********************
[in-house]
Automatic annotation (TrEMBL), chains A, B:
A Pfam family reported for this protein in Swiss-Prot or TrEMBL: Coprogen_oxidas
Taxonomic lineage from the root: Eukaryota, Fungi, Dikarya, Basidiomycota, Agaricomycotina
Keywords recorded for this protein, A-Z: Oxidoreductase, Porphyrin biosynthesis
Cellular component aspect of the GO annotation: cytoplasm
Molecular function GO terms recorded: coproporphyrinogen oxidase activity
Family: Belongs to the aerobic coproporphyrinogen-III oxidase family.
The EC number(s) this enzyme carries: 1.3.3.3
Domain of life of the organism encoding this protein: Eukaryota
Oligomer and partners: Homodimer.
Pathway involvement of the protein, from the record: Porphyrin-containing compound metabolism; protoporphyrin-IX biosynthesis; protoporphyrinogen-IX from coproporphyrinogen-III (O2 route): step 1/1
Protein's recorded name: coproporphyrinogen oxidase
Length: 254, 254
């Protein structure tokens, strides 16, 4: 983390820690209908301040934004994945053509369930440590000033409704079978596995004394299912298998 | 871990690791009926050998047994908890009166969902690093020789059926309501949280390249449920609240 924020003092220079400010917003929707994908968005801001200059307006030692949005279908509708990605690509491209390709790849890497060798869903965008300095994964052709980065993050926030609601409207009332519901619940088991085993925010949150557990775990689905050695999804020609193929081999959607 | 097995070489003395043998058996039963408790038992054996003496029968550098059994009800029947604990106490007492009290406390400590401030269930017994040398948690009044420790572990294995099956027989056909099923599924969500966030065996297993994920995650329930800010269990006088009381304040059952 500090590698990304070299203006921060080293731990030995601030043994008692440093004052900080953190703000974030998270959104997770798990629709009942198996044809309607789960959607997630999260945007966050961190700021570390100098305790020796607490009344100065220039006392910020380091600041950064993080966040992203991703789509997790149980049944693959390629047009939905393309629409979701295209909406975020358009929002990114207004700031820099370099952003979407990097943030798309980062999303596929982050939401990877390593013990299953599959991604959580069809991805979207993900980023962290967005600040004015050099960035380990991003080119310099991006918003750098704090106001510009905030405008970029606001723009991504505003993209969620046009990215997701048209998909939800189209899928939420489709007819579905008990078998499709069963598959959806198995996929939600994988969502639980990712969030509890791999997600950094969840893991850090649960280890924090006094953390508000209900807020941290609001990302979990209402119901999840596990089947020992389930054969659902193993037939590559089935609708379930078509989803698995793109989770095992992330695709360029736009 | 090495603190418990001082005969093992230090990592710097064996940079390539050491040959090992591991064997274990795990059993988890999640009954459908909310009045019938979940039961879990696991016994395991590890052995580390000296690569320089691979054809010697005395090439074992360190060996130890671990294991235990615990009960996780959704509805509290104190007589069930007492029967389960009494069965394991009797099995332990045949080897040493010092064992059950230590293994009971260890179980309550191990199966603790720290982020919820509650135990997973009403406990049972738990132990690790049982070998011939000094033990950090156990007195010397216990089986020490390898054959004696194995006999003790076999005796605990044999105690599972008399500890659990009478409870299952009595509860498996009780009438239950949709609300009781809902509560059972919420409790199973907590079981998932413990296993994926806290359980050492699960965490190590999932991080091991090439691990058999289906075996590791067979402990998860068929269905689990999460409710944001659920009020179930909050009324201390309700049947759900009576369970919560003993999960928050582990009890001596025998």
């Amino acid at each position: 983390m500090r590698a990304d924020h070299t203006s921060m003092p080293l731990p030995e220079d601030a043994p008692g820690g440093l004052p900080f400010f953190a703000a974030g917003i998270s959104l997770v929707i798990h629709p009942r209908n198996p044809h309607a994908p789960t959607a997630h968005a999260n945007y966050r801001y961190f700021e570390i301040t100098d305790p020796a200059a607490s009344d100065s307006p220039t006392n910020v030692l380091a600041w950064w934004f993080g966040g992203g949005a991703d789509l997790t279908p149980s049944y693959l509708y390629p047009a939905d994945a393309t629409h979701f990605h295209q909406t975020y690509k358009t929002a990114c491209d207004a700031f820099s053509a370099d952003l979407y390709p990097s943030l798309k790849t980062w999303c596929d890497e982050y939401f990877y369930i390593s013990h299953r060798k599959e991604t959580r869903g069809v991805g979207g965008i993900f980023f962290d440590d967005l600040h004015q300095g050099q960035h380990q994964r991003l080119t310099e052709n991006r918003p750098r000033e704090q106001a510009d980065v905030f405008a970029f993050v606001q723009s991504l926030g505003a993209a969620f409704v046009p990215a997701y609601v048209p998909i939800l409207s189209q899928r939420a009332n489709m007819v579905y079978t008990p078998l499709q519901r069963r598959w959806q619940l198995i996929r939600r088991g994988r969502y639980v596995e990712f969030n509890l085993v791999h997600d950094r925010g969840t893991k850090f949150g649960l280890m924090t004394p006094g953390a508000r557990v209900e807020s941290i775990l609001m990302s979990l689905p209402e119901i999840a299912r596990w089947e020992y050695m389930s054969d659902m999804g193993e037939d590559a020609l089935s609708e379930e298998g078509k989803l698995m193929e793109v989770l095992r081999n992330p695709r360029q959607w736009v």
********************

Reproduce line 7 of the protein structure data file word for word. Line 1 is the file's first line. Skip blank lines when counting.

Molecular function GO terms recorded: coproporphyrinogen oxidase activity